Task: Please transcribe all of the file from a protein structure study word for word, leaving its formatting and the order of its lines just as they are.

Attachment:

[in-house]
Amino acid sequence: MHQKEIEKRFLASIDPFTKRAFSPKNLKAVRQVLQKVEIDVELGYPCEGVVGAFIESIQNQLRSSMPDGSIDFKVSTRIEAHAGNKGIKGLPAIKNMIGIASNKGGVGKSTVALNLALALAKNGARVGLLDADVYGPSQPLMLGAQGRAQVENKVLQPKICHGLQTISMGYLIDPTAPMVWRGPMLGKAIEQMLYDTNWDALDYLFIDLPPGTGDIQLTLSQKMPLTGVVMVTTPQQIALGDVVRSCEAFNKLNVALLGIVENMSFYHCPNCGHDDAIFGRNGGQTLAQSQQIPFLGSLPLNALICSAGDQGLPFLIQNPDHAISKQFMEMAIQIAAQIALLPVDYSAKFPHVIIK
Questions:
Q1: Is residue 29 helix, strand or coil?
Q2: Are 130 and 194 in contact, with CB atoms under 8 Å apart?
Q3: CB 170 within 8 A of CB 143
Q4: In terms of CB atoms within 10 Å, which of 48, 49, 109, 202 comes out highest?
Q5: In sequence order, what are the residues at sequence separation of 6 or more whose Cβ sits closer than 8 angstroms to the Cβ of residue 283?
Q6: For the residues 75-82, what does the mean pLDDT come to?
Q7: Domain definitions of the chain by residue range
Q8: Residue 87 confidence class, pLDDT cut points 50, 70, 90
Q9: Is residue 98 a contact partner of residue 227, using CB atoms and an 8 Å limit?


[in-house]
Amino acid sequence: MHQKEIEKRFLASIDPFTKRAFSPKNLKAVRQVLQKVEIDVELGYPCEGVVGAFIESIQNQLRSSMPDGSIDFKVSTRIEAHAGNKGIKGLPAIKNMIGIASNKGGVGKSTVALNLALALAKNGARVGLLDADVYGPSQPLMLGAQGRAQVENKVLQPKICHGLQTISMGYLIDPTAPMVWRGPMLGKAIEQMLYDTNWDALDYLFIDLPPGTGDIQLTLSQKMPLTGVVMVTTPQQIALGDVVRSCEAFNKLNVALLGIVENMSFYHCPNCGHDDAIFGRNGGQTLAQSQQIPFLGSLPLNALICSAGDQGLPFLIQNPDHAISKQFMEMAIQIAAQIALLPVDYSAKFPHVIIK
Questions:
Q1: Is residue 29 helix, strand or coil?
Q2: Are 130 and 194 in contact, with CB atoms under 8 Å apart?
Q3: CB 170 within 8 A of CB 143
Q4: In terms of CB atoms within 10 Å, which of 48, 49, 109, 202 comes out highest?
Q5: In sequence order, what are the residues at sequence separation of 6 or more whose Cβ sits closer than 8 angstroms to the Cβ of residue 283?
Q6: For the residues 75-82, what does the mean pLDDT come to?
Q7: Domain definitions of the chain by residue range
Q8: Residue 87 confidence class, pLDDT cut points 50, 70, 90
Q9: Is residue 98 a contact partner of residue 227, using CB atoms and an 8 Å limit?